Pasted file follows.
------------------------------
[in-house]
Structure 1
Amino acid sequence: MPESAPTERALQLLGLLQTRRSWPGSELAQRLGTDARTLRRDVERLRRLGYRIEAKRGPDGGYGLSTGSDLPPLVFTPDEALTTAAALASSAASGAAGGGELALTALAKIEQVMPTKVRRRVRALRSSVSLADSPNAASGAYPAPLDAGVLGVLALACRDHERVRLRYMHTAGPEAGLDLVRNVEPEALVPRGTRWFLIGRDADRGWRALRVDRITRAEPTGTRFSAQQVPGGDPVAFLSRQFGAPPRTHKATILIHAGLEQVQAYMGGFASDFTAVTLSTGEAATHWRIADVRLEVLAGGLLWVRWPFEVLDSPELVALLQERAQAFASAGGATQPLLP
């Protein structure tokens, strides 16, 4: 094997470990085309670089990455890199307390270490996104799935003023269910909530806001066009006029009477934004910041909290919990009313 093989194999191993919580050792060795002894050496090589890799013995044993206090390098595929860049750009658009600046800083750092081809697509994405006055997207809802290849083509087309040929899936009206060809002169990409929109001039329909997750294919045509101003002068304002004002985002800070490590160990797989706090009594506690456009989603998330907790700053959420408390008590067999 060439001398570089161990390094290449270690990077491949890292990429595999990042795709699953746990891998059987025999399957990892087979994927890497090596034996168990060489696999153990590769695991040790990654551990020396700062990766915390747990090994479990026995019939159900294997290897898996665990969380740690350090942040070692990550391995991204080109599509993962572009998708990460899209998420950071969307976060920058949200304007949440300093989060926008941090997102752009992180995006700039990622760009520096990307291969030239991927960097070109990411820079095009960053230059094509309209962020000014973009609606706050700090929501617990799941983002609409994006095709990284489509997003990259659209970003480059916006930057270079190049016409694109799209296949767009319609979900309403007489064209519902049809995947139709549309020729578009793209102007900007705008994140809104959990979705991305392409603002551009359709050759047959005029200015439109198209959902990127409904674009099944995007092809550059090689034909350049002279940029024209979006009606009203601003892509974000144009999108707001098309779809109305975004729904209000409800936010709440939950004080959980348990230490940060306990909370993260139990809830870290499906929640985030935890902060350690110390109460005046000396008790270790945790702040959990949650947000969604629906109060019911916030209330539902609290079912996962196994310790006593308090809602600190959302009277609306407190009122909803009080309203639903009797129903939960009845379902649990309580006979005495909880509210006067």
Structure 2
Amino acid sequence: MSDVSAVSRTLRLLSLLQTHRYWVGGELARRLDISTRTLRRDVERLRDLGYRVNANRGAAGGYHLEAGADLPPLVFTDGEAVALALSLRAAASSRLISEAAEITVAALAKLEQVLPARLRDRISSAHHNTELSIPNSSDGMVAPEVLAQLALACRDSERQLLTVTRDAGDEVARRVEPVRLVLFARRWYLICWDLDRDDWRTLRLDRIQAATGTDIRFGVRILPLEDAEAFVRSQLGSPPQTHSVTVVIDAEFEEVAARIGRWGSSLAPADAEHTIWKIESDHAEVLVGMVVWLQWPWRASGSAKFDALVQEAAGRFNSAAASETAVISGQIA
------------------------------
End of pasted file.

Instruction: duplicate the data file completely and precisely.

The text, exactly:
[in-house]
Structure 1
Amino acid sequence: MPESAPTERALQLLGLLQTRRSWPGSELAQRLGTDARTLRRDVERLRRLGYRIEAKRGPDGGYGLSTGSDLPPLVFTPDEALTTAAALASSAASGAAGGGELALTALAKIEQVMPTKVRRRVRALRSSVSLADSPNAASGAYPAPLDAGVLGVLALACRDHERVRLRYMHTAGPEAGLDLVRNVEPEALVPRGTRWFLIGRDADRGWRALRVDRITRAEPTGTRFSAQQVPGGDPVAFLSRQFGAPPRTHKATILIHAGLEQVQAYMGGFASDFTAVTLSTGEAATHWRIADVRLEVLAGGLLWVRWPFEVLDSPELVALLQERAQAFASAGGATQPLLP
């Protein structure tokens, strides 16, 4: 094997470990085309670089990455890199307390270490996104799935003023269910909530806001066009006029009477934004910041909290919990009313 093989194999191993919580050792060795002894050496090589890799013995044993206090390098595929860049750009658009600046800083750092081809697509994405006055997207809802290849083509087309040929899936009206060809002169990409929109001039329909997750294919045509101003002068304002004002985002800070490590160990797989706090009594506690456009989603998330907790700053959420408390008590067999 060439001398570089161990390094290449270690990077491949890292990429595999990042795709699953746990891998059987025999399957990892087979994927890497090596034996168990060489696999153990590769695991040790990654551990020396700062990766915390747990090994479990026995019939159900294997290897898996665990969380740690350090942040070692990550391995991204080109599509993962572009998708990460899209998420950071969307976060920058949200304007949440300093989060926008941090997102752009992180995006700039990622760009520096990307291969030239991927960097070109990411820079095009960053230059094509309209962020000014973009609606706050700090929501617990799941983002609409994006095709990284489509997003990259659209970003480059916006930057270079190049016409694109799209296949767009319609979900309403007489064209519902049809995947139709549309020729578009793209102007900007705008994140809104959990979705991305392409603002551009359709050759047959005029200015439109198209959902990127409904674009099944995007092809550059090689034909350049002279940029024209979006009606009203601003892509974000144009999108707001098309779809109305975004729904209000409800936010709440939950004080959980348990230490940060306990909370993260139990809830870290499906929640985030935890902060350690110390109460005046000396008790270790945790702040959990949650947000969604629906109060019911916030209330539902609290079912996962196994310790006593308090809602600190959302009277609306407190009122909803009080309203639903009797129903939960009845379902649990309580006979005495909880509210006067």
Structure 2
Amino acid sequence: MSDVSAVSRTLRLLSLLQTHRYWVGGELARRLDISTRTLRRDVERLRDLGYRVNANRGAAGGYHLEAGADLPPLVFTDGEAVALALSLRAAASSRLISEAAEITVAALAKLEQVLPARLRDRISSAHHNTELSIPNSSDGMVAPEVLAQLALACRDSERQLLTVTRDAGDEVARRVEPVRLVLFARRWYLICWDLDRDDWRTLRLDRIQAATGTDIRFGVRILPLEDAEAFVRSQLGSPPQTHSVTVVIDAEFEEVAARIGRWGSSLAPADAEHTIWKIESDHAEVLVGMVVWLQWPWRASGSAKFDALVQEAAGRFNSAAASETAVISGQIA